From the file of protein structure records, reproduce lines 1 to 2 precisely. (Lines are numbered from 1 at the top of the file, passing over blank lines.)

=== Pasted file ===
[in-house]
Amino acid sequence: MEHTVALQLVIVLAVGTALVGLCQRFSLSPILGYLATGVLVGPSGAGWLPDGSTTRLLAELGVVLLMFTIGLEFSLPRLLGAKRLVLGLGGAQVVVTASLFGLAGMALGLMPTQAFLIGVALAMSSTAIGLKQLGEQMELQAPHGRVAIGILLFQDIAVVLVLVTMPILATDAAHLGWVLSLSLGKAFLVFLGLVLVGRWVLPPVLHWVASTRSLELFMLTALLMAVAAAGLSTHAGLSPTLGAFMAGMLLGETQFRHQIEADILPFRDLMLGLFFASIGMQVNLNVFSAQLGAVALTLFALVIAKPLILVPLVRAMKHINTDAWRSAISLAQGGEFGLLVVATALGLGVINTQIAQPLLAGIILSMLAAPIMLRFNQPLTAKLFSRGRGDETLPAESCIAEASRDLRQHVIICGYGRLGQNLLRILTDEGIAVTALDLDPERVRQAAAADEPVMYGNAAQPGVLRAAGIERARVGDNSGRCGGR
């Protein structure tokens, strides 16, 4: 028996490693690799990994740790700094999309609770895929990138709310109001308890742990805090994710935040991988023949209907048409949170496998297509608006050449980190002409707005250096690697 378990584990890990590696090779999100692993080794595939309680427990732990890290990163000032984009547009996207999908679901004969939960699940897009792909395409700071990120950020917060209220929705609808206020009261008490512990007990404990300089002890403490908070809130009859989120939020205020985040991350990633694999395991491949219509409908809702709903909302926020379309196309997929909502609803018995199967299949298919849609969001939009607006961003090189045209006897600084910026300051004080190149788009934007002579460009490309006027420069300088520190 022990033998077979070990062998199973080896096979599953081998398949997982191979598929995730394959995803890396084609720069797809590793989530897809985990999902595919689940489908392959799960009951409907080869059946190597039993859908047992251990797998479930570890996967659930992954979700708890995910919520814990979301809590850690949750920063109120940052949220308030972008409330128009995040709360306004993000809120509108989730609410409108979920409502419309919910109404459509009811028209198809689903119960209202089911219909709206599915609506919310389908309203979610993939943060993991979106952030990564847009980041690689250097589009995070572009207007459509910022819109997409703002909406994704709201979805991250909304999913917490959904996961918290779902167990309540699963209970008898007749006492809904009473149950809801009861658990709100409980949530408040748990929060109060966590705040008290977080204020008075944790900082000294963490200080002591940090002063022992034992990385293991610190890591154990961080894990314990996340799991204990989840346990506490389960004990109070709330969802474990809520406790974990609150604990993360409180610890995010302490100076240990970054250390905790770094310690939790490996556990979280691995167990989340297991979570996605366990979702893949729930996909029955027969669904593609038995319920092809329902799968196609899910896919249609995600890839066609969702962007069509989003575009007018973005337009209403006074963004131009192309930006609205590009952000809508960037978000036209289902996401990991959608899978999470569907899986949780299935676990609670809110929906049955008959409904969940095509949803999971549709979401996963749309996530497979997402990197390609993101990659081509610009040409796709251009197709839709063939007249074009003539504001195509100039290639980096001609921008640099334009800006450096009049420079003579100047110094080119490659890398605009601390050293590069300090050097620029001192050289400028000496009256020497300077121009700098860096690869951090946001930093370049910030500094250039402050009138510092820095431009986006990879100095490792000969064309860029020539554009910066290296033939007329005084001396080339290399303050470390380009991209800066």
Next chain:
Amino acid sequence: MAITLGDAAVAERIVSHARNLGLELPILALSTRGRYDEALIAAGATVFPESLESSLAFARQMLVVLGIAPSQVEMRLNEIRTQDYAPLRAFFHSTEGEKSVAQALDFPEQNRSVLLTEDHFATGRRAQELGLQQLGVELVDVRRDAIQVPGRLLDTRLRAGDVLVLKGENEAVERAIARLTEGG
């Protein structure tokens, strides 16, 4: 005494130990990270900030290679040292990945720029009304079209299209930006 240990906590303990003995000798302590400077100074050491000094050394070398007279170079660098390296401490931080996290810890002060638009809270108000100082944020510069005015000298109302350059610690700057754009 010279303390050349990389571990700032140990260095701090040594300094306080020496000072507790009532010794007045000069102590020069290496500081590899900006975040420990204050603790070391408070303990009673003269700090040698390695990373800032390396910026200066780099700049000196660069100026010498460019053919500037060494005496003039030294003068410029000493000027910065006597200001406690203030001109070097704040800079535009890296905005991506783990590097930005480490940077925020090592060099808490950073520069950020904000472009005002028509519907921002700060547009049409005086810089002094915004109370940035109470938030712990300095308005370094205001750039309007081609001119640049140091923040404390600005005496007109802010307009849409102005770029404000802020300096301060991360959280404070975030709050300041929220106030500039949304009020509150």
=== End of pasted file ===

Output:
[in-house]
Amino acid sequence: MEHTVALQLVIVLAVGTALVGLCQRFSLSPILGYLATGVLVGPSGAGWLPDGSTTRLLAELGVVLLMFTIGLEFSLPRLLGAKRLVLGLGGAQVVVTASLFGLAGMALGLMPTQAFLIGVALAMSSTAIGLKQLGEQMELQAPHGRVAIGILLFQDIAVVLVLVTMPILATDAAHLGWVLSLSLGKAFLVFLGLVLVGRWVLPPVLHWVASTRSLELFMLTALLMAVAAAGLSTHAGLSPTLGAFMAGMLLGETQFRHQIEADILPFRDLMLGLFFASIGMQVNLNVFSAQLGAVALTLFALVIAKPLILVPLVRAMKHINTDAWRSAISLAQGGEFGLLVVATALGLGVINTQIAQPLLAGIILSMLAAPIMLRFNQPLTAKLFSRGRGDETLPAESCIAEASRDLRQHVIICGYGRLGQNLLRILTDEGIAVTALDLDPERVRQAAAADEPVMYGNAAQPGVLRAAGIERARVGDNSGRCGGR